Clearly, she just spend a lot of time and stress in getting a Master's (AT 21?Huh) in one of the two choices that are on the table - she either didn't develop a passion for it, which means time to move on, or she liked it but doesn't like the disappointment she sees in your face for not following in your footsteps.

All that aside - do you really want to be the one who gets blamed for career misery, or for deciding to go into a field everybody else is (the 4-year-olds-playing-soccer paradigm...everybody goes to the ball)?

She's 21, let her decide her own fate. And you'll stand by her with full approval, whatever SHE picks. Right?
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optikon
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« Reply #7 on: October 27, 2020, 12:22:29 12:22 »

Yes, layout the pro's and con's for her from your perspective. You being a PE guy, you can at least provide more details on that front which can actually be done in a non biased way as long as you stick with facts. I dont think you have to keep your nose out of it, she wants some advice - nothing wrong with that as long as you arent trying to convince her one way or another.
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PM3295
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« Reply #8 on: October 27, 2020, 02:16:58 14:16 »

You need to get your nose out of it, completely. She's trying to please daddy, IMO.
She's 21, let her decide her own fate. And you'll stand by her with full approval, whatever SHE picks. Right?

solutions, I am very careful not to steer it either way, or any way. Luckily, she has a mind of her own and often after asking for my advice did something else. I just got used to that and accepted it.
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sfiga69
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« Reply #9 on: October 27, 2020, 11:11:43 23:11 »

I can only tell you what I did with my 2 daughters (now 34 and 29 years old).
the first daughter was undecided between letters, law or economics.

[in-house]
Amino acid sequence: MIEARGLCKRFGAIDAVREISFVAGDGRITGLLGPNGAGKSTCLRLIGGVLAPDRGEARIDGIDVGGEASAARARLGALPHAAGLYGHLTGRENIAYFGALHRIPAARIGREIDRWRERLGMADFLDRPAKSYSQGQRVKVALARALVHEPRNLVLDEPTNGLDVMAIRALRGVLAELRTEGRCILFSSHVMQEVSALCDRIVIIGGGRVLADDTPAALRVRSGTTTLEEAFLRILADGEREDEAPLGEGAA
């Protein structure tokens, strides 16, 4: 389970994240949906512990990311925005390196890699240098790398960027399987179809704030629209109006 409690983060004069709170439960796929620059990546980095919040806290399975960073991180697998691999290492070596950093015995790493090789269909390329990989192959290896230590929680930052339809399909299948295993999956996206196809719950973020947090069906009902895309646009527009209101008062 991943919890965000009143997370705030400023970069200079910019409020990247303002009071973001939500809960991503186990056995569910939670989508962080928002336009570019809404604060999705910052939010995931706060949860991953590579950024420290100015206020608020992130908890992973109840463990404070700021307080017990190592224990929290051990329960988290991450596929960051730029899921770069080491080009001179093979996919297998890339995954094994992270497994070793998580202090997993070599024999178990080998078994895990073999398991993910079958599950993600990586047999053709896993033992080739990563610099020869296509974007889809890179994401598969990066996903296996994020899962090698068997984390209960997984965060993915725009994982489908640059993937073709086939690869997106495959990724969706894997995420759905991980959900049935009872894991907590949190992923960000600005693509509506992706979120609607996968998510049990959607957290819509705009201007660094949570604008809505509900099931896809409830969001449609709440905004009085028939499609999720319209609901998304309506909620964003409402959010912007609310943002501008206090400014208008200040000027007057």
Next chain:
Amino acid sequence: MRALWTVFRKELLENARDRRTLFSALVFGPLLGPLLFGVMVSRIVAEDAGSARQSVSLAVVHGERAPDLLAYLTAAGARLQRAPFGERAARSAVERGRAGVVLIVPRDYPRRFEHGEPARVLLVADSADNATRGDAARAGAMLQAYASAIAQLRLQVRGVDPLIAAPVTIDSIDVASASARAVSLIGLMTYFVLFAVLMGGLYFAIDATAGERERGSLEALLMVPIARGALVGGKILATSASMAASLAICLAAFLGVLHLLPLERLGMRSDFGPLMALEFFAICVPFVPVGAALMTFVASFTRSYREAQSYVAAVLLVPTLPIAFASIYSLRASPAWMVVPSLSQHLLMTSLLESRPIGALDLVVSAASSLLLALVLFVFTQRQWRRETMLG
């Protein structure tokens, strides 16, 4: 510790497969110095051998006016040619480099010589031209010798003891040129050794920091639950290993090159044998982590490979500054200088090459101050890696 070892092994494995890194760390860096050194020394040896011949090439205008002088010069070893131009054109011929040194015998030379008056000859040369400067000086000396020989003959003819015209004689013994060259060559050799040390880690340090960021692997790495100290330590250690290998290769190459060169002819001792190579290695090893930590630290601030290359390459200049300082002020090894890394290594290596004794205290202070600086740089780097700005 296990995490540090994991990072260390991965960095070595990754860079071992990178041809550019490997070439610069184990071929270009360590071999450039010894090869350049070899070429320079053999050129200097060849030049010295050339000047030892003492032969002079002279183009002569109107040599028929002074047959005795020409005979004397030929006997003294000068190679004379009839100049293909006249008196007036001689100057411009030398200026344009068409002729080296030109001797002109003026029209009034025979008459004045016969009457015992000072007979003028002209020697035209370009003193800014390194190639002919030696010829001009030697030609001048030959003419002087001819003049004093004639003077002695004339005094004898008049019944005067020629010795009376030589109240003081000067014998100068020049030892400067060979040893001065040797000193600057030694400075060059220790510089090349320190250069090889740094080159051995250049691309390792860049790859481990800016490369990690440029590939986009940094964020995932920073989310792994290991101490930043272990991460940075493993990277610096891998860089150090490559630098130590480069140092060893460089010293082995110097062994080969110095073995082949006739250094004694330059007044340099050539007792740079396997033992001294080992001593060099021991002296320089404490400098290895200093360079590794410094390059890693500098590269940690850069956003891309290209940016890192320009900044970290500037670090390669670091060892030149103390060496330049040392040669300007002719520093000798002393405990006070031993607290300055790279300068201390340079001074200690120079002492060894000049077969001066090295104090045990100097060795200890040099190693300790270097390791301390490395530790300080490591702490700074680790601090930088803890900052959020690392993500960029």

In the end, the choice chose law for how university buildings physically looked Shocked.
Now, 9 years after graduating with honors, he has his own studio and is having some success.
The second daughter chose mathematical engineering because at the presentation of the courses it was said that she would be able to solve equations with 1000 unknowns without using a computer.
During the courses she worked on mathematical models related to the propagation of electromagnetic waves, mathematical models on high voltage electrical distribution networks and the final thesis on a mathematical model of oxygen distribution in tissues and in particular in the human brain. .
Now he works for a luxury multinational and is responsible for optimizing IP connections between offices, shops and server farms.
My contribution was: do what you want to do, now we cannot know what the possibilities will be in 5 years. The important thing is to follow the course of study that you like most to arrive at the end satisfied with what you have studied. So look for a job that allows you to go home satisfied with what you have produced.
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LabVIEWguru
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« Reply #10 on: October 31, 2020, 11:40:26 11:40 »

My daughter-in-law was studying Piano pedagogy (to teach or play piano professionally) She is very beautiful and very talented. To hear her play piano would bring tears to my eyes. Most of her professors thought they were the best in the world and were not kind to the students. One day, she realized it was not fun any more and quit. They begged her to stay. Then she went to a technical school, learned accounting, makes good money and teaches piano to children and is very happy. Do not push your children.